FRAMINGHAM, Mass.--(BUSINESS WIRE)--Alzheon, Inc., a clinical-stage biopharmaceutical company focused on developing new medicines for patients suffering from Alzheimer’s disease (AD) and other neurodegenerative disorders, today announced the dosing of the first patient in its APOLLOE4 Phase 3 study evaluating the efficacy and safety of ALZ-801 in Early AD patients carrying two copies of the ε4 allele of the apolipoprotein E gene (APOE4/4 homozygotes). AD patients with this genetic profile present with an early onset and rapid progression of the disease and are responsive to drug agents that remove or inhibit pathogenic amyloid oligomers. ALZ-801 is an oral treatment that has been shown in preclinical mechanistic studies to fully inhibit the formation of neurotoxic soluble beta amyloid oligomers at the Phase 3 clinical dose.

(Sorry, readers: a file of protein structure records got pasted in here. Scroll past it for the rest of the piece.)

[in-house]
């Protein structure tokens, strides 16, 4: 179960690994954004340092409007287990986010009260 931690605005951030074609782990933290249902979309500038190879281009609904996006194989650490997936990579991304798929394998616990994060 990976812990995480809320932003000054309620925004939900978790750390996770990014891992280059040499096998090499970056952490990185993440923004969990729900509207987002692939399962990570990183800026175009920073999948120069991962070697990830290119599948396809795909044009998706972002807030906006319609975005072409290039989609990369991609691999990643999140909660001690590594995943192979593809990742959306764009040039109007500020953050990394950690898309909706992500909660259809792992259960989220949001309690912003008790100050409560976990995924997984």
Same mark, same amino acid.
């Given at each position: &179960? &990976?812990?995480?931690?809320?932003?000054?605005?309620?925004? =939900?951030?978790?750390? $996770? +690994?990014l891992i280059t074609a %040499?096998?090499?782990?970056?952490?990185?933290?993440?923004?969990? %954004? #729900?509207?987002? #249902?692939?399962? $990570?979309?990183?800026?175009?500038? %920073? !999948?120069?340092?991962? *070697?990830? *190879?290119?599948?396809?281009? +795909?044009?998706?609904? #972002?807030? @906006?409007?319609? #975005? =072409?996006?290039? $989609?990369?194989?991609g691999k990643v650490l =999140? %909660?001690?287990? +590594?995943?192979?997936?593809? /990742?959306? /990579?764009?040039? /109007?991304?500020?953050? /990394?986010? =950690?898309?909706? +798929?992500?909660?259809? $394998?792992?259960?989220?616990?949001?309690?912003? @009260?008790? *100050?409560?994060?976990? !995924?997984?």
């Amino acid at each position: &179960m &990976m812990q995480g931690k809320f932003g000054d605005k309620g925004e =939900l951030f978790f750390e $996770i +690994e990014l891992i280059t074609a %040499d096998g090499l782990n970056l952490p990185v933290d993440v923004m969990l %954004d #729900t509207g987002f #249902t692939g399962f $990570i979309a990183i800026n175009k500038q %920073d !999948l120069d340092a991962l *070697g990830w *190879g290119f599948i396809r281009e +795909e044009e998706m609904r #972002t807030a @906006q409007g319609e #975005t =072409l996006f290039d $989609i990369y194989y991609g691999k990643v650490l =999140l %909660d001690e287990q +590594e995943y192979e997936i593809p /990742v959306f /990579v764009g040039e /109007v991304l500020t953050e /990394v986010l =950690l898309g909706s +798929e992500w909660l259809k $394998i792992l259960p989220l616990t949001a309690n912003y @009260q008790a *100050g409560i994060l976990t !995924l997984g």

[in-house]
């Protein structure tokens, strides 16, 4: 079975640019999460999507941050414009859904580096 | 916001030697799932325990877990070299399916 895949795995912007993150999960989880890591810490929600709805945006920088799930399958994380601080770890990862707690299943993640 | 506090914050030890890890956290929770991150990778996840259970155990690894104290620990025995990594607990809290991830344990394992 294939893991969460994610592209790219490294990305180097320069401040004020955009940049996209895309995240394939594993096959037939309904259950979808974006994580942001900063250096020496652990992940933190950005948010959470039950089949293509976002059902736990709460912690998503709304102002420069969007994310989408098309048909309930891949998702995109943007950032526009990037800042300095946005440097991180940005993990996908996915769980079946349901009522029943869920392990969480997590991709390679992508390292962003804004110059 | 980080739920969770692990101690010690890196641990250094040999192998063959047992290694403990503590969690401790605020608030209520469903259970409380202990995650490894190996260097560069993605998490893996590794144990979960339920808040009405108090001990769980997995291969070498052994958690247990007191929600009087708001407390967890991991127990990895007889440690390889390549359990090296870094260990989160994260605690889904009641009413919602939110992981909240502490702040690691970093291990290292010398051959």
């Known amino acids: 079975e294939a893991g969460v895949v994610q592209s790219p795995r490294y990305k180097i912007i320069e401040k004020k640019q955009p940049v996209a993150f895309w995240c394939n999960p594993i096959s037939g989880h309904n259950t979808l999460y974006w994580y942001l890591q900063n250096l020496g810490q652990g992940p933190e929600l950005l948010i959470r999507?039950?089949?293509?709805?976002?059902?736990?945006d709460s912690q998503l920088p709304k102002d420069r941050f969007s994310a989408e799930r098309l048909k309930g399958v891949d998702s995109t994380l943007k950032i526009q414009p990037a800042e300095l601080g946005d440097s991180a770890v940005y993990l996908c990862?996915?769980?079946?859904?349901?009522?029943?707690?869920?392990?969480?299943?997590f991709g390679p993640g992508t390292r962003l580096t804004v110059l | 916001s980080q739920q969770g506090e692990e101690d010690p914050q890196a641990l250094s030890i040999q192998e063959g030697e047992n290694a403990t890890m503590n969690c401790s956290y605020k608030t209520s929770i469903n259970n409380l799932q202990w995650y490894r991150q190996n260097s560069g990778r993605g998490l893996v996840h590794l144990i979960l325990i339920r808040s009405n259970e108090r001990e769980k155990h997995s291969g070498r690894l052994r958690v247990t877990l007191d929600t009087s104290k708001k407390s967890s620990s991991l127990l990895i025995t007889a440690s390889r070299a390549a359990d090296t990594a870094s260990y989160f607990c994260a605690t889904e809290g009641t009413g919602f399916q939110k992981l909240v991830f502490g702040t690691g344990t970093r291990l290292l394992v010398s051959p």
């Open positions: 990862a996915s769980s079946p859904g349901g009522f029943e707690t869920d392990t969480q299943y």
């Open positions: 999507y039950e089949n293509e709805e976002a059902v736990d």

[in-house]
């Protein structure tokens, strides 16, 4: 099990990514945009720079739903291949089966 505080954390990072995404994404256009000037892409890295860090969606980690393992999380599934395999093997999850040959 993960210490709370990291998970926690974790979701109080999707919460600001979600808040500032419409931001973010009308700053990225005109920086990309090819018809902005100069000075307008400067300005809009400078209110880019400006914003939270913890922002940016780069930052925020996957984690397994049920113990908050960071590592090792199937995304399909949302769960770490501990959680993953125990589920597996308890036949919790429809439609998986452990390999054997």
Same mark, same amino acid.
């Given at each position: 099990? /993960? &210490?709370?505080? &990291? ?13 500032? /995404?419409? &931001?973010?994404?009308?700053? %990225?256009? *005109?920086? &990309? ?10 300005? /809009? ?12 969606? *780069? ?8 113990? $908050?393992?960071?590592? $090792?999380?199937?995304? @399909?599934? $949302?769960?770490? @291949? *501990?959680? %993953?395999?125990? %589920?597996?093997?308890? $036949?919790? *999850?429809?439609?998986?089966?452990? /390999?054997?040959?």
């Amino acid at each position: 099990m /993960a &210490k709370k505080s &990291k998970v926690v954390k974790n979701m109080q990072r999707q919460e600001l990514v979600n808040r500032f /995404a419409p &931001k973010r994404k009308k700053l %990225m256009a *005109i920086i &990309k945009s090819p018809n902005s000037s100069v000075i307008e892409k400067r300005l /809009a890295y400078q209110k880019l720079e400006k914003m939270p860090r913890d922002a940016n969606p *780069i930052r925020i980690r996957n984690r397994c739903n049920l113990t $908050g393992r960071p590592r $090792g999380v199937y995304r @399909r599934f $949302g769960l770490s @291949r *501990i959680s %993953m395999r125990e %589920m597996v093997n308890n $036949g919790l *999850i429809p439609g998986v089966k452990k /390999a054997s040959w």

APOLLOE4 is the only Phase 3 trial evaluating an oral anti-amyloid treatment and applying a precision medicine approach to disease-modification in AD. The APOLLOE4 study is supported by a $47 million grant from the National Institute on Aging (NIA). The primary objective of the APOLLOE4 study is to measure the impact of ALZ-801 on cognition using the Alzheimer's Disease Assessment Scale – cognitive subscale (ADAS-cog). Secondary endpoints include assessments of function, ability to perform daily activities, and neuropsychiatric symptoms. The study will also evaluate ALZ-801’s effects on fluid and imaging biomarkers shown to be sensitive early markers of AD progression and neuroinflammation.